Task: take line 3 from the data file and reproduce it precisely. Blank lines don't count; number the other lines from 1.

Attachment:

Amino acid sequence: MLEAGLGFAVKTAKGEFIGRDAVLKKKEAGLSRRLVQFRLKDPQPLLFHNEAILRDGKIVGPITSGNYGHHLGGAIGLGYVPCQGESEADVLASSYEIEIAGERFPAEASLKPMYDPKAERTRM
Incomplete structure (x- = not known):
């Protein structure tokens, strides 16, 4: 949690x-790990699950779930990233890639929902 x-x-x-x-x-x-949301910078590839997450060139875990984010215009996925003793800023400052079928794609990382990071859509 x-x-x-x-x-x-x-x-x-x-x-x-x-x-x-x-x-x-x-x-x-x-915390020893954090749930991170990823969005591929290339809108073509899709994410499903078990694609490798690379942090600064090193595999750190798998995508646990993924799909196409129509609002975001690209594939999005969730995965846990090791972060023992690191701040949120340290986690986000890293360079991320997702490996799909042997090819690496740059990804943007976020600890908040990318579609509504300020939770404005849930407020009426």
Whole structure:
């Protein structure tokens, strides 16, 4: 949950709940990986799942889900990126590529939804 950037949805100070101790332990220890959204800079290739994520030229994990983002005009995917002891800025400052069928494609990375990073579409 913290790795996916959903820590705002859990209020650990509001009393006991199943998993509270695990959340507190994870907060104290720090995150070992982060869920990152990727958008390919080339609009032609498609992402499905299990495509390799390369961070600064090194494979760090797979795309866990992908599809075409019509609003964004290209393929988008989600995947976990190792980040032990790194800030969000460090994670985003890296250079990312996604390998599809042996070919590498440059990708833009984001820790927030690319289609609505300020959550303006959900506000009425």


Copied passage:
């Protein structure tokens, strides 16, 4: 949690x-790990699950779930990233890639929902 x-x-x-x-x-x-949301910078590839997450060139875990984010215009996925003793800023400052079928794609990382990071859509 x-x-x-x-x-x-x-x-x-x-x-x-x-x-x-x-x-x-x-x-x-x-915390020893954090749930991170990823969005591929290339809108073509899709994410499903078990694609490798690379942090600064090193595999750190798998995508646990993924799909196409129509609002975001690209594939999005969730995965846990090791972060023992690191701040949120340290986690986000890293360079991320997702490996799909042997090819690496740059990804943007976020600890908040990318579609509504300020939770404005849930407020009426």